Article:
Materials and methods


Poly(D,L-lactide-co-glycolide) (PLGA) (Resomer RG502 H, Mw 7000 to 17.000 g mol−1, 50:50 co-polymer composition with carboxylic acid end groups), poly(vinyl alcohol) (PVA) (Mowiol 4–88, Mw 31.000 g mol−1), dimethyl sulfoxide (DMSO, anhydrous ≥ 99.9%), acetone, triethylamine (TEA), Rhodamine B isothiocyanate (mixed isomers), anhydrous pyridine (99.8%), and all other materials were purchased from Sigma Aldrich unless otherwise stated. Methanol and N,N-dimethyl acetamide (DMAc) were purchased from standard suppliers and were used without any further purification. THF was dried in a solvent purification system prior to use (SPS, Pure solv. EN, Innovative Technology). Lithium chloride (LiCl, 99%) was purchased from Acros Organics. Ethoxy acetalated dextran (Ace-DEX) was synthesized based on an established protocol where the hydroxyl groups of dextran were modified using 2-ethoxyprop-1-ene (95%, Fluorochem) (instead of 2-methoxypropene) [14]. Two batches of Ace-DEX were synthesized with the following properties: (#1) Mn 12,400 g mol−1, dispersity (Ð) of 1.68, and degree of substitution (DS) of acetal groups DScyclic = 1.81 and DSacyclic = 0.49 and (#2) Mn 12,200 g mol−1, Ð = 1.73, DScyclic = 1.17, DSacyclic = 0.96. The covalent coupling of Rhodamine B to Ace-DEX was achieved according to a previously published protocol [15]; Mn 22,400 g mol−1, Ð = 1.38, DScyclic = 1.82, DSacyclic = 0.04, DSRho = 0.374 mg g−1. PLGA-Rhodamine B was synthesized according to the procedure described in Sect. 2.2; Mn = 10,900 g mol−1, Ð = 1.47, DSRho = 0.098 µg g−1. Pure water was used in all experiments for the NP preparation.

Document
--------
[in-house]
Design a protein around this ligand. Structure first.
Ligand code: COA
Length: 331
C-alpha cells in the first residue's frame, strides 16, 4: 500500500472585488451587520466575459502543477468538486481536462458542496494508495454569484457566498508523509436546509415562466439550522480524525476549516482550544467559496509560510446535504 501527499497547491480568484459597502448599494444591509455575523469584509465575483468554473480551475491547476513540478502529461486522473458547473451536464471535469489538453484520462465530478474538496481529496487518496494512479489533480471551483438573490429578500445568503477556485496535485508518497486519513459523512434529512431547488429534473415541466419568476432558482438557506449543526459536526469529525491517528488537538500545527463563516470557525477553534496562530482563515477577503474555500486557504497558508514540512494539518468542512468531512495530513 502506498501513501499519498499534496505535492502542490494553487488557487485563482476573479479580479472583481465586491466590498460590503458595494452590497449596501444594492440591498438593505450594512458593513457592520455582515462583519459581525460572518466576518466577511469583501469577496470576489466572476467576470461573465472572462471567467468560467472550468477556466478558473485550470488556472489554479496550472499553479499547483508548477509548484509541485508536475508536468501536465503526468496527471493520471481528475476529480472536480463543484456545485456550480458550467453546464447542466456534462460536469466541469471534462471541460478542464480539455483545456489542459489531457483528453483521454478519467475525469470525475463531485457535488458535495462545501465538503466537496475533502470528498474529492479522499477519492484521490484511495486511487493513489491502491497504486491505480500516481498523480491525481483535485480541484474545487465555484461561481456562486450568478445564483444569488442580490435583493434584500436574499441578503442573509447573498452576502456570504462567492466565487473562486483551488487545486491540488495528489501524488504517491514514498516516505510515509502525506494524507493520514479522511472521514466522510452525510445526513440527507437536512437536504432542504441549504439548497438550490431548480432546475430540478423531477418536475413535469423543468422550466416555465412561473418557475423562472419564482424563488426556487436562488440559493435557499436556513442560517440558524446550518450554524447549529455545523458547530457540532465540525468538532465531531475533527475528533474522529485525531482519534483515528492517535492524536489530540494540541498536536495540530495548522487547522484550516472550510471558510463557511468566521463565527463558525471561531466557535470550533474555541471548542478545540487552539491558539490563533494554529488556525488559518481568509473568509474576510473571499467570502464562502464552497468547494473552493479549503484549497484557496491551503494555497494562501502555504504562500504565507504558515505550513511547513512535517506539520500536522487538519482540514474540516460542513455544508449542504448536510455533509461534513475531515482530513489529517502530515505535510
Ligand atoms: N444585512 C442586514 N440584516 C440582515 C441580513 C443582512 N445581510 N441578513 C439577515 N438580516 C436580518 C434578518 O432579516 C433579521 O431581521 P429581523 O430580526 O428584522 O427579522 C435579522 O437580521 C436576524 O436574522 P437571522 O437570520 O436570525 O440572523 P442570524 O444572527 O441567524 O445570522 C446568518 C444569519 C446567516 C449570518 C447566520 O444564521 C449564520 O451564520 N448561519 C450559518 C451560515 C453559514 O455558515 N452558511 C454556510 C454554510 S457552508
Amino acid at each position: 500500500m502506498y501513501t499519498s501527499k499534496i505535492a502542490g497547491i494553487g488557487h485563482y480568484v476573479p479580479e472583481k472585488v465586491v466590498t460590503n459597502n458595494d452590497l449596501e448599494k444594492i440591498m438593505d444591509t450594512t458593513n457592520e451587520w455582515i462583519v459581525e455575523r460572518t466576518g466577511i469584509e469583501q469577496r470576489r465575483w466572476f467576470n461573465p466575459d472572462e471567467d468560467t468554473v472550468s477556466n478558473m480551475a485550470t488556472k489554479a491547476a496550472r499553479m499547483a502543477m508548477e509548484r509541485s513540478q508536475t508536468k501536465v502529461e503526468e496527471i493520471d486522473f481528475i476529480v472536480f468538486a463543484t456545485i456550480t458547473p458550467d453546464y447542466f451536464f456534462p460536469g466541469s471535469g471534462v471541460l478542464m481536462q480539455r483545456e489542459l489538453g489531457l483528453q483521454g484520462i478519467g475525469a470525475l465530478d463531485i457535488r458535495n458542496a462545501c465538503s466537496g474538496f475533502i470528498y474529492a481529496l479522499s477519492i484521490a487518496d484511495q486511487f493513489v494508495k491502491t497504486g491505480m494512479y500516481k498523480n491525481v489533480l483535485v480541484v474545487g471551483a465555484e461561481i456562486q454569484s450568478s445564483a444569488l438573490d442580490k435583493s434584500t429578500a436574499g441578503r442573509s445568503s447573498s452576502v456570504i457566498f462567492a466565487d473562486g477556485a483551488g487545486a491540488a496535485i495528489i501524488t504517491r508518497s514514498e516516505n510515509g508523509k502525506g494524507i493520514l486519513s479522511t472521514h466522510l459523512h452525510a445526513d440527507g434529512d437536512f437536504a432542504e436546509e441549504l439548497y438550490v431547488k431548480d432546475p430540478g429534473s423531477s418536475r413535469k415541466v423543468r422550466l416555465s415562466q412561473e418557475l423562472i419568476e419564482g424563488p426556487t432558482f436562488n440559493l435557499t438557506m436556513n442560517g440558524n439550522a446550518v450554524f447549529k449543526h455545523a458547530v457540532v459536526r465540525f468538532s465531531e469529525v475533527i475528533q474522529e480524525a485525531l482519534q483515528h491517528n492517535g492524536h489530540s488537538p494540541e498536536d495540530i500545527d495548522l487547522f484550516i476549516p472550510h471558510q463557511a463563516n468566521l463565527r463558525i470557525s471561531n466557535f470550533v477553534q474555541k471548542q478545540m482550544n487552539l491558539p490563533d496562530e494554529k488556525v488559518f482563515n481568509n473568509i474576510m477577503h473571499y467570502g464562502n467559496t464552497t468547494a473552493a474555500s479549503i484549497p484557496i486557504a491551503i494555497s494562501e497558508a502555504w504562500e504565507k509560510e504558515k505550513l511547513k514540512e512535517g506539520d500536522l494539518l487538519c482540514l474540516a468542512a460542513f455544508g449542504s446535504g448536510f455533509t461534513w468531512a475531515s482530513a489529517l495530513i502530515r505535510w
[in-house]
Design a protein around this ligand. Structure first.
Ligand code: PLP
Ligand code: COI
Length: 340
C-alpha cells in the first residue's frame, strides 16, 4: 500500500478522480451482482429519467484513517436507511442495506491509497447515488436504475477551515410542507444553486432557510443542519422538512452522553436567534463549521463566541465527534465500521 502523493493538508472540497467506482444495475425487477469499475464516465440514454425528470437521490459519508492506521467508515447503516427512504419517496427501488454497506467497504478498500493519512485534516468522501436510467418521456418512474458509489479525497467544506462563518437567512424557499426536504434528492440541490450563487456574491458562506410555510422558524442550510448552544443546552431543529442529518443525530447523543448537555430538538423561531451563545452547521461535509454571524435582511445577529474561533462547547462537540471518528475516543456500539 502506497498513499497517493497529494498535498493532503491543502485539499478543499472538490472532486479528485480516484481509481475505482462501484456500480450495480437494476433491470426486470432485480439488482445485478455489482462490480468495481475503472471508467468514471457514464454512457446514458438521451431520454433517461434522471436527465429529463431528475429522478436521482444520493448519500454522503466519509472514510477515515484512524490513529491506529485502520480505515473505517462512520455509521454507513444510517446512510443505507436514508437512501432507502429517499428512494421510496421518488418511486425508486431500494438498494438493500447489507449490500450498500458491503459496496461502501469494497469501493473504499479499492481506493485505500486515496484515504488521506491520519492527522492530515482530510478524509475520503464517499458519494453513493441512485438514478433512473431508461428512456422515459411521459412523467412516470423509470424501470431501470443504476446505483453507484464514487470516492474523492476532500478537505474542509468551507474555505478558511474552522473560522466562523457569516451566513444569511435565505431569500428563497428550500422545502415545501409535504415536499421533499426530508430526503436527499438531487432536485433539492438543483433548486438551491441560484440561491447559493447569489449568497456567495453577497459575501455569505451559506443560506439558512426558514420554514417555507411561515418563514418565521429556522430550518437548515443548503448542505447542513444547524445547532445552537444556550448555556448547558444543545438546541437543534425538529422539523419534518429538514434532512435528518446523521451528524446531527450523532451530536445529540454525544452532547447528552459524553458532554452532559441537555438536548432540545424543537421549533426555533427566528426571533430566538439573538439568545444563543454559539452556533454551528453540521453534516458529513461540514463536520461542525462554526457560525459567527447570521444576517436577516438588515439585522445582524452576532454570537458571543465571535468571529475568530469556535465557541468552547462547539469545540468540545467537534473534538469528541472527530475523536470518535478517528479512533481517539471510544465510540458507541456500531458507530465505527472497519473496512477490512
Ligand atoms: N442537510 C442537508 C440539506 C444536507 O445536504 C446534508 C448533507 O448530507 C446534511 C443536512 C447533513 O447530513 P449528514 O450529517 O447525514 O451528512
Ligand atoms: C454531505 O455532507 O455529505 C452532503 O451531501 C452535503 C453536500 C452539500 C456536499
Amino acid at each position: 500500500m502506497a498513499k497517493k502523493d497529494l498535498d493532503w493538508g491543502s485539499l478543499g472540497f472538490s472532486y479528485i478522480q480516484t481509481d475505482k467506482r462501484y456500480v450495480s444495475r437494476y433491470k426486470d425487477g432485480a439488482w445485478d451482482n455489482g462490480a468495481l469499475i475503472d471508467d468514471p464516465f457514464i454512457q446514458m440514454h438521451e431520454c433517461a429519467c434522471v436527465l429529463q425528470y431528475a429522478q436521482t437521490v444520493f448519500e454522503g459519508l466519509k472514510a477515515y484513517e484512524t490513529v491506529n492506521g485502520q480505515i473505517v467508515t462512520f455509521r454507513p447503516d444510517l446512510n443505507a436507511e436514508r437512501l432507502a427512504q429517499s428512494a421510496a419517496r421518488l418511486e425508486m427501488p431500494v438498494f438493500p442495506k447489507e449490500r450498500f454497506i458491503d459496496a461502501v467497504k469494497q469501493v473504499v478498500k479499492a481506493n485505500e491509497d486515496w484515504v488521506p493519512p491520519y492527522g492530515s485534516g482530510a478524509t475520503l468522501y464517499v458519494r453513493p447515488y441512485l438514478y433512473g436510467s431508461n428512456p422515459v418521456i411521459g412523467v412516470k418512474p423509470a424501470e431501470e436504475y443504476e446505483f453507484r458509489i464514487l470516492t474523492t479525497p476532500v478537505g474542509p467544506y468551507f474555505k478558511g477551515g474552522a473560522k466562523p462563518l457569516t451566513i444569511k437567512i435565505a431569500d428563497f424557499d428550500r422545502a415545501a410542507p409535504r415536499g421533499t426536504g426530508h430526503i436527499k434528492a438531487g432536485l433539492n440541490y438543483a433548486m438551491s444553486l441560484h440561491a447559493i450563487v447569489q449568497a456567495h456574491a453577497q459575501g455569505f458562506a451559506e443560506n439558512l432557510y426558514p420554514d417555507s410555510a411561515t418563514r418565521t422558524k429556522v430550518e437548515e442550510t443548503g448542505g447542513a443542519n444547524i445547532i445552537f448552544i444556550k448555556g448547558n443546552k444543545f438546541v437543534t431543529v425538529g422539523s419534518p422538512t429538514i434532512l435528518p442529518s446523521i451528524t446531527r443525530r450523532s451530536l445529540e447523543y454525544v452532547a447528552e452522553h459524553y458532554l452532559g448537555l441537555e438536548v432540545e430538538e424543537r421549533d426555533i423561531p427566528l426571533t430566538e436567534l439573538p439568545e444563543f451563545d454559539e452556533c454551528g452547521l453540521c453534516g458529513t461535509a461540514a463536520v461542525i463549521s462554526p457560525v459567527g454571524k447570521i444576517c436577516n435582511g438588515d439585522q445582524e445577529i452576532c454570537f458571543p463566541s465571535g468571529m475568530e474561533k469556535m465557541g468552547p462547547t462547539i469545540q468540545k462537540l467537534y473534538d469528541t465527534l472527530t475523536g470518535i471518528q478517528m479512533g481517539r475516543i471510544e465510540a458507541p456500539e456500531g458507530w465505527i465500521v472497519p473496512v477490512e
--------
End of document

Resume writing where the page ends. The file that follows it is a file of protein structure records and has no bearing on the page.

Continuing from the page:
PLGA-rhodamine B synthesis

In a Schlenk flask, PLGA (2 g, 0.29 mmol) and Rhodamine B isothiocyanate (27 mg, 0.05 mmol, 0.18 eq) were dissolved in anhydrous pyridine (20 mL) under Schlenk conditions. The dark red colored reaction solution was stirred at room temperature for 18 h, followed by stirring at 55 °C for 24 h. After cooling to room temperature, the reaction mixture was precipitated in a large excess of diethyl ether to get rid of the pyridine. The solid was collected by centrifugation and dissolved in THF. The resulting solution was precipitated in a large excess of methanol. The second precipitation step was repeated as often as necessary until the free dye was completely removed. The presence of free dye was checked between the precipitation steps by size exclusion chromatography measurements in DMAc and 0.21% LiCl with a UV–VIS detector at 555 nm. The obtained pellet from centrifugation was dried under vacuum, resulting in a pink colored powder (yield 58.2%).

Nanoparticle formulation